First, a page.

The Western Australian Department of Environmental Protection (DEP), the state government’s environmental watchdog, has admitted that smelting giant Alcoa has deliberately covered up the extent of toxic emissions from its Wagerup plant in the state’s southwest.
Following the release of an environment audit report, DEP acting director of environmental regulation Robert Atkins said in late May: “We sent the auditor in (to the Alcoa plant) and he has found that the monitoring is flawed and we’ll be ensuring that Alcoa changes its practices. If the monitoring is flawed, everyone has been misled to a certain extent”.
The report’s release was held up for three months while Alcoa insisted on checking the draft for “factual errors”. Despite Alcoa’s efforts to vet the report, it revealed 110 flaws in monitoring, including a failure to test for volatile organic compounds in the ambient air outside the refinery.
The company’s motive is obvious: it wants to play down the extent of emissions as it presses for permission for a $1 billion expansion to boost output from 2.3 to 3.5 million tonnes of alumina a year. Alcoa, which is the world’s largest producer of alumina, has three plants in Western Australia—at Wagerup, Kwinana and Pinjarra—as well as operations in other Australian states.
The results of the audit highlight the limited role played by the government and its environmental watchdog. The DEP does not carry out any monitoring of its own but relies on Alcoa to provide figures on emission levels. The DEP has simply accepted Alcoa’s faulty figures and, in effect, issued licences to continue to pollute—with potentially fatal consequences for local residents and employees.
While the government and the DEP claim to have been “misled” by the company, the results of the latest audit come as no surprise to residents living close to Alcoa’s plants at Wagerup and Kwinana or their employees. For years, they have battled the company, successive state governments, the DEP and the Department of Minerals and Energy, demanding action on the emissions. Residents in Wagerup pressed for the government to carry out an audit before giving the go-ahead for any expansion to the plant.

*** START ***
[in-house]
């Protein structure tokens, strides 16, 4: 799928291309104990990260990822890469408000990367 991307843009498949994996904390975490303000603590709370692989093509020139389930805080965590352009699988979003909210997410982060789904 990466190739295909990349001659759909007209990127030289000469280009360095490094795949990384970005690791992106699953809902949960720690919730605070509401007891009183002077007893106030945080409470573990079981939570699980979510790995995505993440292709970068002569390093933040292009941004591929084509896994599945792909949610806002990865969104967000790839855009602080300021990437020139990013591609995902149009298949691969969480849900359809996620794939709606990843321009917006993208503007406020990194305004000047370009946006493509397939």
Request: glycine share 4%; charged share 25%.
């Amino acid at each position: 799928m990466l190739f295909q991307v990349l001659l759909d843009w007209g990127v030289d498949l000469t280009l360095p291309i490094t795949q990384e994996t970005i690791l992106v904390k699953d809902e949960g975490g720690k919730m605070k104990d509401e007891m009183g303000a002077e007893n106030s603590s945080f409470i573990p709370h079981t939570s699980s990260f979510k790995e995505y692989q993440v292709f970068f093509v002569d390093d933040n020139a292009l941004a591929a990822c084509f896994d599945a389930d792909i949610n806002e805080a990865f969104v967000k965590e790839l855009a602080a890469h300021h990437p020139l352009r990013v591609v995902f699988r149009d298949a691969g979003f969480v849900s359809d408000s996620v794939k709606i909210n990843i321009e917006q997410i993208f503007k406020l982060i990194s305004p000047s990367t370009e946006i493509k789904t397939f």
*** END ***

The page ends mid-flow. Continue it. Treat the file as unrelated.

The potential dangers were underscored last August, when the families of workers who had been employed at the Kwinana plant, released a list of Alcoa employees who had died or become ill since working in a section known as Department K58. Department K58 is a group of buildings (numbered 45,46,48,50 and 60) that include an oxalate kiln and Liquor Burning Unit (LBU) which began operation in 1988. Alcoa has been aware since at least 1990 that the LBU was emitting carbon monoxide and benzene, a “category A” carcinogen.
The document was published in the Western Australian on August 31 and dubbed the “Death List”. It originally contained the names of 10 workers who died since 1998 and some 25 former workers who became ill. Their ailments included cancer, coronary disorders and respiratory problems, as well as multiple chemical sensitivity and chronic fatigue syndrome.
The shocking details fuelled public anger, not only in the towns near the Alcoa plants but more broadly. As a result, the wives of other deceased Alcoa workers came forward and added their husband’s names to the list. All of those listed, including employees and contractors, worked at the plant since the 1970s and also worked in K58. They included:
Ralph Howell: Died of lung cancer in January 1998 aged 40. He was an operator in buildings 45 and 46. A moderate smoker, he worked at Kwinana from the mid-1980s. Prior to his death he expressed fears that he and other workers were being exposed to potentially dangerous chemicals.